Sukkot, a harvest holiday, and Simchat Torah, which concludes the annual Torah reading cycle, both feature stuffed cabbage rolls. Why? On Sukkot, as we bring in bounty from the fields, we consider ourselves “stuffed” or “wrapped” in God’s blessings. And because Simchat Torah centers on the Torah, people eat foods that resemble, you guessed it, a rolled Torah scroll.
No matter how you roll (pun intended!), these savory pouches are quintessential comfort food—try one of these 13 unique varieties this fall.
This sweet-and-sour comfort food from the queen of Jewish cooking is a perfect one-dish meal.
Mushrooms are the star of this veggie version, which is served over a colorful squash puree for peak fall vibes.
In this recipe from Einat Admony and Janna Gur’s “Shuk: From Market to Table, the Heart of Israeli Home Cooking,” individual rolls become a large cabbage “cake”—easier than stuffing lots of little rolls, and visually stunning.
These vegetarian cabbage rolls feature a Greek-inspired rice-and-herb filling.
This dish delivers the essential flavors and textures of grandma’s stuffed cabbage in a weeknight friendly, one-pot way.
This cozy bake takes inspiration from lasagna—blanched cabbage leaves are stacked with spiced beef ragù and lemony herbed rice for a casserole with classic Eastern European flavors, without the rolling.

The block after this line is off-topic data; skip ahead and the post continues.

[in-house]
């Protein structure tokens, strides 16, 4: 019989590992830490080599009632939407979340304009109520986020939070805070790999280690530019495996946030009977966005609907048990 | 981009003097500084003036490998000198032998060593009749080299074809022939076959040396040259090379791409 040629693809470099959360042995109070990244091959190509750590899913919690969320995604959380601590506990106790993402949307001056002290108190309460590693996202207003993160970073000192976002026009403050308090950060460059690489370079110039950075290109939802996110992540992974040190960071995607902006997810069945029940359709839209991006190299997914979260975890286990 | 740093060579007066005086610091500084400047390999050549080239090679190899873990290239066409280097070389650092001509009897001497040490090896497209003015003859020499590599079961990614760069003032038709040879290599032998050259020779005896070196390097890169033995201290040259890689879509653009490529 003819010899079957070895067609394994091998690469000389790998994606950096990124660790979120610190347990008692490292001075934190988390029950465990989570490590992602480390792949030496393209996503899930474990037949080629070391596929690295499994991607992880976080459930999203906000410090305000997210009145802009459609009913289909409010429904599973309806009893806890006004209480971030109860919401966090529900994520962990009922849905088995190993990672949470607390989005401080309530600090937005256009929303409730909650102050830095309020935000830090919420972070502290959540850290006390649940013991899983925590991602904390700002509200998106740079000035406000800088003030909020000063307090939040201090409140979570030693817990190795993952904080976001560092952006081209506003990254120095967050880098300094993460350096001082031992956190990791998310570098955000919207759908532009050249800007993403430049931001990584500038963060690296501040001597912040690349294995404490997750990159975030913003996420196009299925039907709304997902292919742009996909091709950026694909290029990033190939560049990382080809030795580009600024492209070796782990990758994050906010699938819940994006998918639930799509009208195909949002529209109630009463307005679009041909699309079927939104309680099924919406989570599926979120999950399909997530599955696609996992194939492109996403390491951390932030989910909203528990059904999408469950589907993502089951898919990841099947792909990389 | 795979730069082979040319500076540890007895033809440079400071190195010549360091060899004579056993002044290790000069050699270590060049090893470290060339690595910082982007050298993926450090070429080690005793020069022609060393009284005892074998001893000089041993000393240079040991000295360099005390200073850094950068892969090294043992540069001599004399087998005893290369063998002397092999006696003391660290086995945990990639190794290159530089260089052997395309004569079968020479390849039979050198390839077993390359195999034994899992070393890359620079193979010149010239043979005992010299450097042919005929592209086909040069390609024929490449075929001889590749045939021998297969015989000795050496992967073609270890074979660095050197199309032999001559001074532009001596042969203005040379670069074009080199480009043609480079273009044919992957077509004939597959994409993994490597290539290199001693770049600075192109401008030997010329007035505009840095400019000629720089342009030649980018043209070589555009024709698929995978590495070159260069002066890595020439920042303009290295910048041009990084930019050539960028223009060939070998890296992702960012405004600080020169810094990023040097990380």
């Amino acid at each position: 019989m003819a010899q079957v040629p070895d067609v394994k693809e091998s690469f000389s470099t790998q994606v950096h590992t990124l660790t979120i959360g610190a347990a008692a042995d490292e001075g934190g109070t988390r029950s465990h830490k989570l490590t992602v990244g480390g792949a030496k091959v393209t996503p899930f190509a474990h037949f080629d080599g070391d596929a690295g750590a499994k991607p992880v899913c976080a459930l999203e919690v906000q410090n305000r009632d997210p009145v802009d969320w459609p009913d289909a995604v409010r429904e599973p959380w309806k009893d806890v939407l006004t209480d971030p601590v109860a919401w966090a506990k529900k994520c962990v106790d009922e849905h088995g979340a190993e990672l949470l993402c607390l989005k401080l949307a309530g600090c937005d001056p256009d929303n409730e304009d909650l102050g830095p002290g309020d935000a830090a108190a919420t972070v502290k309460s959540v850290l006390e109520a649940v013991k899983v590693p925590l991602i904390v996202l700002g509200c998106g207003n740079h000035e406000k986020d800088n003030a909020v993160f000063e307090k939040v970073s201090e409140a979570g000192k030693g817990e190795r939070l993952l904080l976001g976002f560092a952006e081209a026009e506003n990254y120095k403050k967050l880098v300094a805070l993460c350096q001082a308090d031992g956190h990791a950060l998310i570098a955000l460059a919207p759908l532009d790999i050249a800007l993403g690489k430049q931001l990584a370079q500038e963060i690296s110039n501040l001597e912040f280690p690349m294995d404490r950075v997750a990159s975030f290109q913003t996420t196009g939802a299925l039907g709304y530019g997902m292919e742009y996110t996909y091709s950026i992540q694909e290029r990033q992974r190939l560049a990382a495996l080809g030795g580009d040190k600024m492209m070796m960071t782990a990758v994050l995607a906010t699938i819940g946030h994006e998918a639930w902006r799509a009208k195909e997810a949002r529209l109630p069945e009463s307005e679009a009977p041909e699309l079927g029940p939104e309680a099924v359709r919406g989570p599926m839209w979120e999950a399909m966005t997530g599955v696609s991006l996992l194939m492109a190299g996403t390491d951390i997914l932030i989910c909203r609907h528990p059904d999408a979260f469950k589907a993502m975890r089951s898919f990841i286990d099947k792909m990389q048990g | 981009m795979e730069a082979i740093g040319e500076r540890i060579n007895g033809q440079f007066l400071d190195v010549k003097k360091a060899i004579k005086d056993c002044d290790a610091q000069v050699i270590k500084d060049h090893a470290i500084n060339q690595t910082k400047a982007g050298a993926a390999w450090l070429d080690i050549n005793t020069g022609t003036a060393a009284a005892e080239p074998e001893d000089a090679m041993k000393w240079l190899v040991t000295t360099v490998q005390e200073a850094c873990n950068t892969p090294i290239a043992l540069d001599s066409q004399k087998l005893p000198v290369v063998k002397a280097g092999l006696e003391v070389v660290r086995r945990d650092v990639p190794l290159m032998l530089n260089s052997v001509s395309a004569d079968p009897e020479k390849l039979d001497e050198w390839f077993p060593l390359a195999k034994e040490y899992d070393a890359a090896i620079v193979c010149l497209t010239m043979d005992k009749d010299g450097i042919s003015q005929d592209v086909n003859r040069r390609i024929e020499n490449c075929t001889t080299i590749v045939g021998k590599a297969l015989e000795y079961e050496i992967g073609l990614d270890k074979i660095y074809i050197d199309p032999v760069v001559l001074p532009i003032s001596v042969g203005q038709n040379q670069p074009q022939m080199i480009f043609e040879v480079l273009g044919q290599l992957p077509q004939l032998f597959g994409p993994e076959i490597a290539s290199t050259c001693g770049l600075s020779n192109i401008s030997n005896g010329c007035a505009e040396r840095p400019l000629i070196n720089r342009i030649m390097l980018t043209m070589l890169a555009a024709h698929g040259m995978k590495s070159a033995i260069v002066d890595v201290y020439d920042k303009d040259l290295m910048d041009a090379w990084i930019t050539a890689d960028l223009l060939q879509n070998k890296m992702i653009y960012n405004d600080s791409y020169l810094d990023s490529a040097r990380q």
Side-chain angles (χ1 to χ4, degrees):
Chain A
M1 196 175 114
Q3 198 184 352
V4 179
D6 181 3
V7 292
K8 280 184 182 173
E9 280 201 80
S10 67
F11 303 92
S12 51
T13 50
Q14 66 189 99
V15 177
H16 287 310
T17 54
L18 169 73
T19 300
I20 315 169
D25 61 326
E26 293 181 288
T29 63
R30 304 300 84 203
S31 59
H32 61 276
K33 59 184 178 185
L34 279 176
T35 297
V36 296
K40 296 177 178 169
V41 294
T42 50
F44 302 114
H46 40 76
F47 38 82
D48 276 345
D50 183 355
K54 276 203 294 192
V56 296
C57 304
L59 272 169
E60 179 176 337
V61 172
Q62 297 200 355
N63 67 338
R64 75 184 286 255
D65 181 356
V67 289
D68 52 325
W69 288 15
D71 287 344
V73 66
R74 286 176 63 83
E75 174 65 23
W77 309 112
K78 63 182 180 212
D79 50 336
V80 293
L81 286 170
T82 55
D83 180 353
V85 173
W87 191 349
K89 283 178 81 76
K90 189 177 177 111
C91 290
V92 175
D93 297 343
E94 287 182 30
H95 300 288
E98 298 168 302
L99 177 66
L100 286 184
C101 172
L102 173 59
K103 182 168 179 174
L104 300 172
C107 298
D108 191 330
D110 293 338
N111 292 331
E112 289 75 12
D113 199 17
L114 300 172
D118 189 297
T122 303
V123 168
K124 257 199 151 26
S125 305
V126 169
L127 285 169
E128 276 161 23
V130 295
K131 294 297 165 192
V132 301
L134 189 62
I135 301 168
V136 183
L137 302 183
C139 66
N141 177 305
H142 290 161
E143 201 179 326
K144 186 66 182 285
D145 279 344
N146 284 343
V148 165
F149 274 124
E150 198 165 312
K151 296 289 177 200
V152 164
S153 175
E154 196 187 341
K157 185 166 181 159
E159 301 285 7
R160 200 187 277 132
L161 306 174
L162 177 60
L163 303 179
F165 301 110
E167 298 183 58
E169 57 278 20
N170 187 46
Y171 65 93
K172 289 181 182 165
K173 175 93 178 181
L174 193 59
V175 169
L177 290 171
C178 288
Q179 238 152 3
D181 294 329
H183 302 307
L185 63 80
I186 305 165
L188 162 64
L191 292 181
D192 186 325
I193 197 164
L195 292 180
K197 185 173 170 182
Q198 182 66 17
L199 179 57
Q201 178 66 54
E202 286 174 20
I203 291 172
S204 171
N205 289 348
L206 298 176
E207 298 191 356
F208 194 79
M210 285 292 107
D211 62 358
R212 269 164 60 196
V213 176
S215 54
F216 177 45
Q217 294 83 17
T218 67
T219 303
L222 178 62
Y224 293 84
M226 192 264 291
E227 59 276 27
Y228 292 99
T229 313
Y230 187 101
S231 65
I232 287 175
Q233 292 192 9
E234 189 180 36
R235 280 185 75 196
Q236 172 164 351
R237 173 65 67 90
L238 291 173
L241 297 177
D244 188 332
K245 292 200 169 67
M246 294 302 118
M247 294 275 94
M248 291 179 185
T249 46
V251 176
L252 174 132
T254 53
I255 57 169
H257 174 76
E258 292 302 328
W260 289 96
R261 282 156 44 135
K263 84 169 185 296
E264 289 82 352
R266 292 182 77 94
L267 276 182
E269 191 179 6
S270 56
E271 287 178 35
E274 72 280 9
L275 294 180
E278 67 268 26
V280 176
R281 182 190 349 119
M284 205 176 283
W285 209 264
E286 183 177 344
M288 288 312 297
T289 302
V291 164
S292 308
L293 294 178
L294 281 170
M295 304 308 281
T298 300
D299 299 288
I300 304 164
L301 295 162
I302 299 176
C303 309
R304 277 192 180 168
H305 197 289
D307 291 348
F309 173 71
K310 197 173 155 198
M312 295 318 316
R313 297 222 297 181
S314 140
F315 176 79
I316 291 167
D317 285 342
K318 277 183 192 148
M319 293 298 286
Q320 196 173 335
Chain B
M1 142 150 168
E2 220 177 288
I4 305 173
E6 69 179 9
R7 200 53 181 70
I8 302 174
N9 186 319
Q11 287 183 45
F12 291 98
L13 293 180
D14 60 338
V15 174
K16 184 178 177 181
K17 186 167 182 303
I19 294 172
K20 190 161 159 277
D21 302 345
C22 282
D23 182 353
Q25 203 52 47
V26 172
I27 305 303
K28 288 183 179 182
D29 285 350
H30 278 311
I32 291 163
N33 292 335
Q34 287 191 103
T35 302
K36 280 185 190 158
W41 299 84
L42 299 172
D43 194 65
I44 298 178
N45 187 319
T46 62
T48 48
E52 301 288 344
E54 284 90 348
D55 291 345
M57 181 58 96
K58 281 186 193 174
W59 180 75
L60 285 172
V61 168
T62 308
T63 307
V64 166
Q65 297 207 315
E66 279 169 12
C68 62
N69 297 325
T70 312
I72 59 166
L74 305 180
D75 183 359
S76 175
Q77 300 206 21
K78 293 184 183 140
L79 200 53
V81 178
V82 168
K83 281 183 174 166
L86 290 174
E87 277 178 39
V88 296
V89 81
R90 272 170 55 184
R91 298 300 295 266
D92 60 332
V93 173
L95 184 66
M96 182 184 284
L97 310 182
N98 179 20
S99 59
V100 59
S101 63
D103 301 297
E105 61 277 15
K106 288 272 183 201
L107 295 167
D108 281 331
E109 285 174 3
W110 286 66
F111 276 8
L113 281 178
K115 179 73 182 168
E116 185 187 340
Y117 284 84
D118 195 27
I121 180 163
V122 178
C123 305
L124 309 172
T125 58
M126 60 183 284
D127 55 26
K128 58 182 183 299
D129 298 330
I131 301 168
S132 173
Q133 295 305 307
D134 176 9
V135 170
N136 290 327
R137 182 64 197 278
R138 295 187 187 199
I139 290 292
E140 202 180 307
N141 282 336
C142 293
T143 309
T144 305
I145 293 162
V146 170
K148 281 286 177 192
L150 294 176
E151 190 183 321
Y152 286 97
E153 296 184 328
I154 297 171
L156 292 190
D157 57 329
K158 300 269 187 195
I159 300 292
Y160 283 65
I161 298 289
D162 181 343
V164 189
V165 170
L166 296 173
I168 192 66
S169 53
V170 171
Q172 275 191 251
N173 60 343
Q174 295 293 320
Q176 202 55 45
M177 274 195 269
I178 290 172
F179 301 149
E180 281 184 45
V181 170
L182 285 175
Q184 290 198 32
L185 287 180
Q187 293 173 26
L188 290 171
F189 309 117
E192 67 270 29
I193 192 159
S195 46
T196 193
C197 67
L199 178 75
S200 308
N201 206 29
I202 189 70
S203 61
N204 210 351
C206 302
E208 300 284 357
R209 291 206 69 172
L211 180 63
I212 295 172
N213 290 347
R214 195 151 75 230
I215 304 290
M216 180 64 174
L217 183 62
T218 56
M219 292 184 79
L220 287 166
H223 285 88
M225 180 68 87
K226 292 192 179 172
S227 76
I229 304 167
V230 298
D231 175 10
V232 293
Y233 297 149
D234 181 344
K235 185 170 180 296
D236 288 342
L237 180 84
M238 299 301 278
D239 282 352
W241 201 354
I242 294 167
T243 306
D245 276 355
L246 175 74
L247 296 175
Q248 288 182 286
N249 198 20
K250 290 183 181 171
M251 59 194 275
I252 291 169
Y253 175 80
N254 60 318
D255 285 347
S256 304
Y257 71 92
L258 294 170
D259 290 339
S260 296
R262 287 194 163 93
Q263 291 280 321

This Iraqi lamb filling, a minty, allspice-and-cinnamon-infused meat mixture, is tucked into cabbage leaves and covered with a currant-flecked tomato sauce.
If you love cabbage rolls but don’t love all the time involved, this quick-cooking cabbage soup is for you! This hearty and filling dish has all the same flavors as classic baked cabbage rolls, but with a fraction of the work.
This twist on tradition features a nutty, tahini-laced farro-and-lentil filling, topped with beet sauce, crunchy almonds and cilantro.
This comforting meat recipe yields melt-in-your-mouth stuffed cabbage, without having to watch the rolls for hours.
This filling is a fragrant and tart mix of warm rice, buttery pine nuts and lemony sour sumac. (Sumac, a tart, citrusy spice generally sold in ground form, can be found at Middle Eastern markets, specialty foods stores and online).
These “unstuffed” cabbage noodles are the ultimate stuffed cabbage hack—they’re hearty, savory and delicious, without all the work.